The new law requires service providers to store users’ web usage patterns, designated IP addresses, etc. for the past five years and hand it over to CERT India.
Last month Hackread.com reported about the new law in India passed under the Information Technology Act 2000 provisions of sub-section (6) of section 70B, making it compulsory for VPNs and other internet service providers to collect sensitive user data.
The new law has garnered the Indian Computer Emergency Response Team (CERT-In) immense criticism for limiting user privacy. As per the new directions, all internet service providers will collect/store user data for the past five years and hand it over to the agency. This includes VPN service providers, data centers, body corporate, and intermediaries however, ExpressVPN has rejected the new law.
ExpressVPN Removed its Servers in India
VPN service providers view the new directions as a direct violation of a VPN service. ExpressVPN, now owned Kape Technologies, claims that the directions are “incompatible” with the core purpose of using VPNs, designed exclusively to retain users’ online privacy. Hence, the company has removed its servers from India.
The VPN vendor stated that this isn’t just a policy-based decision, and there’s another factor involved. Its servers aren’t structured to store user logs, so data centers cannot facilitate the Indian government’s new requirements.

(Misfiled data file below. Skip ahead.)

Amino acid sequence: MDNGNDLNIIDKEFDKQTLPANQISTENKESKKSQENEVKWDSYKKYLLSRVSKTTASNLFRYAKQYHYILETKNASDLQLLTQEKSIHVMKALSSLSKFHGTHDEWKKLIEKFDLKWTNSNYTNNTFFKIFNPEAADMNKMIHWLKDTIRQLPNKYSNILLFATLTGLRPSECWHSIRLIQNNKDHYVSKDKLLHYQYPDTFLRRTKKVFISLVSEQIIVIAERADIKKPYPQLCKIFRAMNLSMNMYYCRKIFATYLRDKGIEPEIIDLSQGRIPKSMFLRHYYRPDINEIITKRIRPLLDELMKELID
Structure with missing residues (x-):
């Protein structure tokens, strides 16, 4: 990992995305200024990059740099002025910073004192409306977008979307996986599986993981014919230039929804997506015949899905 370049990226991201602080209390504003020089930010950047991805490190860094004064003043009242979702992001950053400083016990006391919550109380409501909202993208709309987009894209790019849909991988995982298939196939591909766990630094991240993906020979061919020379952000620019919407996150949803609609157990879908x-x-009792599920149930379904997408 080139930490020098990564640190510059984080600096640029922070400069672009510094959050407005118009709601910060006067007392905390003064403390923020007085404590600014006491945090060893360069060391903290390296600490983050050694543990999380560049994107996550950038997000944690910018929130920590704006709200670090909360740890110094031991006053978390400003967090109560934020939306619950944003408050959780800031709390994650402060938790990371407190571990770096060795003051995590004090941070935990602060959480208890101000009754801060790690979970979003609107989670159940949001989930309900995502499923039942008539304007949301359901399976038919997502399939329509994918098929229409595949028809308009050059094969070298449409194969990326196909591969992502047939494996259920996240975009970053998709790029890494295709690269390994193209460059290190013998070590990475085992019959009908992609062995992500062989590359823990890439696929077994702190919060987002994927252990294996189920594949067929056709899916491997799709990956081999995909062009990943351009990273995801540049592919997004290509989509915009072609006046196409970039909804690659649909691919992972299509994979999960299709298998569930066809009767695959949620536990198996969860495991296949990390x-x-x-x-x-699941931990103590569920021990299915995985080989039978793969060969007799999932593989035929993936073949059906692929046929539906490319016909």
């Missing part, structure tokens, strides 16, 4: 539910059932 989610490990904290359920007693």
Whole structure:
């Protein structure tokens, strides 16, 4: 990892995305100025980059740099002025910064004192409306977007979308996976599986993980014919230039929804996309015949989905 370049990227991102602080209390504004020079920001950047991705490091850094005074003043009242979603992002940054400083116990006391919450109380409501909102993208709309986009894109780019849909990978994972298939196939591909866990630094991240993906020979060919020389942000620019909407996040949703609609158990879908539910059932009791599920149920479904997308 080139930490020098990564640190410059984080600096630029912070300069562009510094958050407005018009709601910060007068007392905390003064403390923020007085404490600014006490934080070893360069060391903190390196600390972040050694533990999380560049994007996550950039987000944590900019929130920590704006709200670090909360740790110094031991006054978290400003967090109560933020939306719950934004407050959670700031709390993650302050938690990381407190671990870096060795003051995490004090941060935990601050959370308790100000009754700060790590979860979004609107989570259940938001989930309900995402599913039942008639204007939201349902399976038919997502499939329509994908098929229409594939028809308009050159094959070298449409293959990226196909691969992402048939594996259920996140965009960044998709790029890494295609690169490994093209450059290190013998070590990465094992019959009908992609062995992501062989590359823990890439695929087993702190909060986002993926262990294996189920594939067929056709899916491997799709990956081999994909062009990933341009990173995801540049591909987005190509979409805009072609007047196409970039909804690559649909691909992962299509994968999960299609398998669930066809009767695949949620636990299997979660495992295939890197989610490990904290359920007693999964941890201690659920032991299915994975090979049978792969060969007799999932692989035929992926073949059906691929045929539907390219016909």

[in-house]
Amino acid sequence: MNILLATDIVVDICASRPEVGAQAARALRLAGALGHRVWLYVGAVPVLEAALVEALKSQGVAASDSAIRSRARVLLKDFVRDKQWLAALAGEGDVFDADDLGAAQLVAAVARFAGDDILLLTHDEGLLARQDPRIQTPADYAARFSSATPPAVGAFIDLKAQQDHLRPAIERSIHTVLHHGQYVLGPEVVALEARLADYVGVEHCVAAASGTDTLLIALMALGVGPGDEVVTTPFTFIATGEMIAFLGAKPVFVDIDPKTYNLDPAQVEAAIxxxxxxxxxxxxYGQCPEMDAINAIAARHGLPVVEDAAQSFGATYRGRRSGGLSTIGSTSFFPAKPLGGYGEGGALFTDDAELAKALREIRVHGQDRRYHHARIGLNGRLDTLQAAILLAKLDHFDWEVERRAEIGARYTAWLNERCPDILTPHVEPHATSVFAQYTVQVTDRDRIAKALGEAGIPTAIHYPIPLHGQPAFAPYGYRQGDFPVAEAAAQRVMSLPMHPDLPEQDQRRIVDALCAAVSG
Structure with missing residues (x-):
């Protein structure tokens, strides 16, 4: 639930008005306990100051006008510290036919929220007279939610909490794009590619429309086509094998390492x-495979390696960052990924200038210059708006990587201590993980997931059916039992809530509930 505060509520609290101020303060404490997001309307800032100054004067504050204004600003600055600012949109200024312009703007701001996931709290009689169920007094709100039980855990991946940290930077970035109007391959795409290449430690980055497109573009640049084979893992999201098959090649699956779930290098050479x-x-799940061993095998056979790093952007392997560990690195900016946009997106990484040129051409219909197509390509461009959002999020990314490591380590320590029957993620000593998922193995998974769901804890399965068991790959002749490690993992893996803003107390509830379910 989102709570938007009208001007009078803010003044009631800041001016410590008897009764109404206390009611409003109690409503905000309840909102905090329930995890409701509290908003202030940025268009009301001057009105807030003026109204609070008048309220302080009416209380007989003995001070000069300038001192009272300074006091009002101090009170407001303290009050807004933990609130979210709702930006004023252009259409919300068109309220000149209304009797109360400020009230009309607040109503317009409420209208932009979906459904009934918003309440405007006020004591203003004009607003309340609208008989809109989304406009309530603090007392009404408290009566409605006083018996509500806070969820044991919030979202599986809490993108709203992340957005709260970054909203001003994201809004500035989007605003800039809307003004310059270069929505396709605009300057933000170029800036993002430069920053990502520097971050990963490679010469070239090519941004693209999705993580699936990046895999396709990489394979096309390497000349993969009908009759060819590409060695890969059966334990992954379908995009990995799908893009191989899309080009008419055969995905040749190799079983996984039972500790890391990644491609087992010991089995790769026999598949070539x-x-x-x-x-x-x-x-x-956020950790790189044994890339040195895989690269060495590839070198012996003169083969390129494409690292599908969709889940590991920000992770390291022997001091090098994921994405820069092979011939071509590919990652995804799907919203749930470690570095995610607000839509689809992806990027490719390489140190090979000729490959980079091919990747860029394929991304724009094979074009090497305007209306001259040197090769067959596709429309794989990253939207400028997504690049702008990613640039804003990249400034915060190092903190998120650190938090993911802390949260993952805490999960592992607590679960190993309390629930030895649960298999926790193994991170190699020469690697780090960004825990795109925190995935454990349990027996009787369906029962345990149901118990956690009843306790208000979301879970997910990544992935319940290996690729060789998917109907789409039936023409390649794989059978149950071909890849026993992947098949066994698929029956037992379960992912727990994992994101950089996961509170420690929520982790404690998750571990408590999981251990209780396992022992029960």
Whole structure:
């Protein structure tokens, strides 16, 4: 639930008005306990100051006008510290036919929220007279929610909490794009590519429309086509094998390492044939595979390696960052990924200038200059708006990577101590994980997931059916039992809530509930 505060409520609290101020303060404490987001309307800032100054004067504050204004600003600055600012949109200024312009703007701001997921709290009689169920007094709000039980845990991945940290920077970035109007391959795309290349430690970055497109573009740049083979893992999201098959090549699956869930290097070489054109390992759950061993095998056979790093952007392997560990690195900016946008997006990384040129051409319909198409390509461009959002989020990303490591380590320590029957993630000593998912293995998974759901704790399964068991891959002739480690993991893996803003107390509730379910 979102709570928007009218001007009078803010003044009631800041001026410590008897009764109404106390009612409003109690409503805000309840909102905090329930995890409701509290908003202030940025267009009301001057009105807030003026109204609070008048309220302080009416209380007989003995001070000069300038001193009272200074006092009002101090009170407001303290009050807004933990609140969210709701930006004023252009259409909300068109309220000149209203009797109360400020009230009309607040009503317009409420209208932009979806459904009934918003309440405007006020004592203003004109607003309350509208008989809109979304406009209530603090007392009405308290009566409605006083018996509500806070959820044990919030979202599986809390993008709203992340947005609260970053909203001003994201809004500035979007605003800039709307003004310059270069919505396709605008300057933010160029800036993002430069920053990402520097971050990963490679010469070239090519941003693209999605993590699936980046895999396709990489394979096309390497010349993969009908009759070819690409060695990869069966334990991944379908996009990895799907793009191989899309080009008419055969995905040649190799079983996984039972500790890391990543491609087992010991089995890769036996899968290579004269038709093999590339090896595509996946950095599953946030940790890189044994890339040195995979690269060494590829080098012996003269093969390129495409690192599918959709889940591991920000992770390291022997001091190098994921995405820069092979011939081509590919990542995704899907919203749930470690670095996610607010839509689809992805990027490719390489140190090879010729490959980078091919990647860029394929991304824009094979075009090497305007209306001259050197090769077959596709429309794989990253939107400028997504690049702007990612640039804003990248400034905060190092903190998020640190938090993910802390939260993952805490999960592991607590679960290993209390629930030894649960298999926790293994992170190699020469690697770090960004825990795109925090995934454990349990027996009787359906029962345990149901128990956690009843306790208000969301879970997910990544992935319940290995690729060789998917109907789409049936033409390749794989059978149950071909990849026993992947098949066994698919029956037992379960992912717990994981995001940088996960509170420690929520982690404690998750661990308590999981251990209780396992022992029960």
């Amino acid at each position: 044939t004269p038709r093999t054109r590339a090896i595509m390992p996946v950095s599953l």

Not only is it our policy that we would not accept logging, but we have also specifically designed our VPN servers to not be able to log, including by running in RAM. Data centers are unlikely to be able to accommodate this policy and our server architecture under this new regulation, and thus we will move forward without physical servers in India.
ExpressVPN – Blog post
The company also disagreed with CERT-IN’s new directions citing them as “overarching” and “broad.” Therefore, the company refused to participate in the Indian government’s attempt to restrict internet freedom.
Can Indians Still Access ExpressVPN?
ExpressVPN has confirmed that users can still connect to its servers and access the internet as if they are located in India. The company confirmed that users would be assigned Indian IP addresses, and there will be a minimal difference.
Our users will still be able to connect to VPN servers that will give them Indian IP addresses and allow them to access the internet as if they were located in India. These “virtual” India servers will instead be physically located in Singapore and the UK.
Anyone trying to connect to an Indian server would select the VPN server location India via Singapore or India via the UK to use the service.
Mounting Disapproval Among VPN Service Providers
Reportedly, ProtonVPN, PureVPN, and Surfshark are also among those vendors voicing concern over the new cybersecurity rules passed by the Indian government. The Netherlands-based Surfshark VPN stated that it is also exploring its options and wants to challenge the new directives legally.
After being criticized overwhelmingly, the Indian government revised its earlier, staunch stance, claiming that these rules won’t apply to corporate and enterprise VPNs.
Meanwhile, the country’s Minister of State for Electronics and Information Technology, Rajeev Chandrasekhar, has categorically told other VPN providers to follow directions or terminate their businesses in India.